|In World War II, innovation in style ruled!|
by Gayle Lynds
I’m proud to be a human being. I like that whether we’re authors or food servers or teachers or business folks, we have a crazy (as in, crazy like a fox) drive not only to survive but to use what we have at hand to make things a bit better. Or easier. Or even fun.
I have fond memories of my mother in the early 1950s when we had little money (it wasn’t until decades later that we had some money) drawing lines up the backs of her long legs with an eyebrow pencil to mimic the seams on hosiery, which well-dressed women were expected to wear when they went out.
There was no money for hosiery, but a single eyebrow pencil could decorate the eyebrows, the eyes, and the backs of legs. A bargain. And dancing ensued.
Then there was the time Mom brought home a roll of aluminum foil, which I’d never seen before. Giving the whole thing to me, she showed me how to crinkle it, fold it, cut it, and make shapes with it. What a fabulous toy.
With great parental wisdom, she left me alone to create people the size of paper dolls and a boat for them to sail in, and a crown for me to wear. She took me outside, crown firmly on my head, and set me down at the base of our buckeye tree where she arranged my creations around me. Finally, despite my protests, she put my baby sister in my lap. I’d had experience with my sister and knew this was a dangerous (for me) situation.
|Britain’s National Bread was a staple of World War II|
But mom was all smiles and pride as she took a photo. I, however, screamed. My sister had wet her diaper right through to my summer dress. Mom gave me a lot of sympathy and a clean sundress. As I learned that day, life would go on.
Now in my old(er) age I feel a lot of pride in how so many of us around the world are pulling together to feed, clothe, house, educate, and support one another in numerous ways. These commonsense acts of humanity help to abate the horror and the worry of our times.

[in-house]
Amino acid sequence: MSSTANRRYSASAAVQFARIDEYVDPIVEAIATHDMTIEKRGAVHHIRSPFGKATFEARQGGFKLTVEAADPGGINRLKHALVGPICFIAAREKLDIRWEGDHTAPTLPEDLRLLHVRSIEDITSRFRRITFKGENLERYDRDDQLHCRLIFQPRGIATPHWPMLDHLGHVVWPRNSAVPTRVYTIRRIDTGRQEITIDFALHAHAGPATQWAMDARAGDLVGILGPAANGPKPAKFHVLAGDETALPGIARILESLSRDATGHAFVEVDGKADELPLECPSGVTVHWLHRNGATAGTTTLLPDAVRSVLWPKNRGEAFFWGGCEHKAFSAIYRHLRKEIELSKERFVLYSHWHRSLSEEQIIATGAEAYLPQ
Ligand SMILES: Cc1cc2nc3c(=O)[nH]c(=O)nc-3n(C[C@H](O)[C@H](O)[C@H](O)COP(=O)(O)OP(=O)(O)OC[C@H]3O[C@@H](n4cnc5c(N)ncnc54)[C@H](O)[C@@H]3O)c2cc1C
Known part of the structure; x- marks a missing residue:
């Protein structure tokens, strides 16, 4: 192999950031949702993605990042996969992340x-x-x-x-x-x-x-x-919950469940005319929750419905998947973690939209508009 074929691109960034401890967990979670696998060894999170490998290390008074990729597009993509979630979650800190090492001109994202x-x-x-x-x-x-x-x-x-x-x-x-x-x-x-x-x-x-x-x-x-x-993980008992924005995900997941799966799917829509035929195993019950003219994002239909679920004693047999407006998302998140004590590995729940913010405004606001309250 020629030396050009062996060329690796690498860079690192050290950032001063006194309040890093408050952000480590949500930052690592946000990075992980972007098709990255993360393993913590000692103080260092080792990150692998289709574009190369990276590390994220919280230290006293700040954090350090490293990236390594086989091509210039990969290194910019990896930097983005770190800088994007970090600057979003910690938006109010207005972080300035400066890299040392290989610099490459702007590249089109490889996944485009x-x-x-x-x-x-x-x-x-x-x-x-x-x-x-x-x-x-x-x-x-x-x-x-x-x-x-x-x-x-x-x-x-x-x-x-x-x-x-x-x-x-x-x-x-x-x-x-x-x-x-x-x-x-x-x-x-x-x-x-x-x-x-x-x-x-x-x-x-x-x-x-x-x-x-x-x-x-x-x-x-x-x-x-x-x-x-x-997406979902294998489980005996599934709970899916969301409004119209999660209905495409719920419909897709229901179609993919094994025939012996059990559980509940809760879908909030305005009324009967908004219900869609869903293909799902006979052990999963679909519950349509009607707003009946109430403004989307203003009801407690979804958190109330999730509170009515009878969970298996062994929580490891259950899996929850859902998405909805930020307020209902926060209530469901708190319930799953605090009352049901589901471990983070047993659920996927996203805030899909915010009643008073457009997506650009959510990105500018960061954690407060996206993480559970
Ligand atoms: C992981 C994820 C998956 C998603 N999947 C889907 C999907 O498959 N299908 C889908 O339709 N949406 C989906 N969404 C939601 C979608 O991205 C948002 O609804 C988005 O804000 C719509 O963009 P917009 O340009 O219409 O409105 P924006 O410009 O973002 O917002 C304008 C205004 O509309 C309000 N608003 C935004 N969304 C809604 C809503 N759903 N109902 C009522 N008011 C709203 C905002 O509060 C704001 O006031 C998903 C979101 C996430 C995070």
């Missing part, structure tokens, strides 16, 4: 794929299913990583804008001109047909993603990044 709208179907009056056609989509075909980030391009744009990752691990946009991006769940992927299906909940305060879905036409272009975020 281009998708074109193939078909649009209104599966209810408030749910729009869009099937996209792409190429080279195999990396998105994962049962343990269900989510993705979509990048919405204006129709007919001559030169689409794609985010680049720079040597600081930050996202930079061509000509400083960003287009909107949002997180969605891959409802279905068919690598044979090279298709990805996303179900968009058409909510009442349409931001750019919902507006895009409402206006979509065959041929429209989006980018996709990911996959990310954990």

One of the latest contributions I find personally wonderful is the revival of Britain’s National Loaf, created in 1942. “As politicians invoke memories of World War II’s ‘Blitz Spirit,’ some of the nation’s bakers are taking a more direct cue from history,” according to NBC News. The National Loaf is “a nutrient-dense whole wheat bread. Today, as was the case back then, a scarcity of ingredients and a concern for public health are challenging the culinary status quo.” And darker bread is better for us, too.
Since I grew up smelling the delicious aroma of my mother’s homemade bread baking in the oven, just reading about the National Loaf brought back wonderful memories.
|Disney is keeping the magic alive with classic recipes|
At the other end of the food spectrum is dessert. Restaurants, stores, and food companies are revealing special recipes and donating cartons and crates of eaters’ favorites.
“The parks may be closed, but Disney has been unveiling special surprises since social distancing measures were introduced,” says People magazine.
Recently, Disney shared the recipe for its famous fan-fave frozen nondairy Dole Whip, made with only three ingredients that you may already have stocked for quarantine. It’s easy to make, and a sweet way to relieve those quarantine blues.
How’s life for you these days, dear Rogue Reader? Please share your thoughts and experiences. We’d love to know!